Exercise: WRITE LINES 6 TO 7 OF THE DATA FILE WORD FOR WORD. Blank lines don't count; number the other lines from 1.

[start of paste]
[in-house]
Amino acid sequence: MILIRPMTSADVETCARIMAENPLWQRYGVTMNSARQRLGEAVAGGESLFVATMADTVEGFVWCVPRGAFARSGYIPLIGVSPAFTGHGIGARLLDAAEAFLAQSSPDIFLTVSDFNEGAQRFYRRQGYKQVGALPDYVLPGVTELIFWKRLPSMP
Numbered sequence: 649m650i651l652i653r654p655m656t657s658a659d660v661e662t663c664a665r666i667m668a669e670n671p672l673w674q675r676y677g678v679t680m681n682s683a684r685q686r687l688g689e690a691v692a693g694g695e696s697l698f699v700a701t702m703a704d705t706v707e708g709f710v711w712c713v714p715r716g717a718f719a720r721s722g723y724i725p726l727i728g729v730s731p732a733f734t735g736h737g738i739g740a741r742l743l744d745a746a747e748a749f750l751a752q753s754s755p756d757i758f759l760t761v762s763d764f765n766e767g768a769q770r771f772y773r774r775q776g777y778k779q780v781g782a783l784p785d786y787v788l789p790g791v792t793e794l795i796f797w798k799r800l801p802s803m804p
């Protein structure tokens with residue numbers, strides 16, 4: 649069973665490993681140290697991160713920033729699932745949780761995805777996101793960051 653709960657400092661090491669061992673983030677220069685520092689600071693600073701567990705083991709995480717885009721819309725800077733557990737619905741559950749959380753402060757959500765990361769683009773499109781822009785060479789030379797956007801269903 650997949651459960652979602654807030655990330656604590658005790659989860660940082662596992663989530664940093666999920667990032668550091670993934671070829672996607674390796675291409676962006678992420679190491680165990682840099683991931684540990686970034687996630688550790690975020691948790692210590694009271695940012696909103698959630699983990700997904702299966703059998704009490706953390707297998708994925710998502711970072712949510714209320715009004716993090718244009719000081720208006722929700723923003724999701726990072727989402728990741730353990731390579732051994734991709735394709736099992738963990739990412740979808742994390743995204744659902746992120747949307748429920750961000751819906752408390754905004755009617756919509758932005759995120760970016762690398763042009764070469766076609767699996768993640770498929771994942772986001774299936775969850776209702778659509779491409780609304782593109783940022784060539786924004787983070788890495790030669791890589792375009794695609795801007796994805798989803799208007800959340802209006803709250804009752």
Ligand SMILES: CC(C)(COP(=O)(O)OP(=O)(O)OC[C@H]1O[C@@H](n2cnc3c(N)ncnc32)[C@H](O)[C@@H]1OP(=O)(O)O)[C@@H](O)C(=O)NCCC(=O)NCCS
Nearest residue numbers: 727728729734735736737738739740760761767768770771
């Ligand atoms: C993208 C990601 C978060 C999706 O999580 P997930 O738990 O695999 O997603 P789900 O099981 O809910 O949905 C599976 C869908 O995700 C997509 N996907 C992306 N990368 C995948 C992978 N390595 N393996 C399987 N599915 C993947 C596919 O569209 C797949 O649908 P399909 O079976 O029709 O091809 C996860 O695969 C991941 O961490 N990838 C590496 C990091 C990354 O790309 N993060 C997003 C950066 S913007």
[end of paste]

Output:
Nearest residue numbers: 727728729734735736737738739740760761767768770771
């Ligand atoms: C993208 C990601 C978060 C999706 O999580 P997930 O738990 O695999 O997603 P789900 O099981 O809910 O949905 C599976 C869908 O995700 C997509 N996907 C992306 N990368 C995948 C992978 N390595 N393996 C399987 N599915 C993947 C596919 O569209 C797949 O649908 P399909 O079976 O029709 O091809 C996860 O695969 C991941 O961490 N990838 C590496 C990091 C990354 O790309 N993060 C997003 C950066 S913007």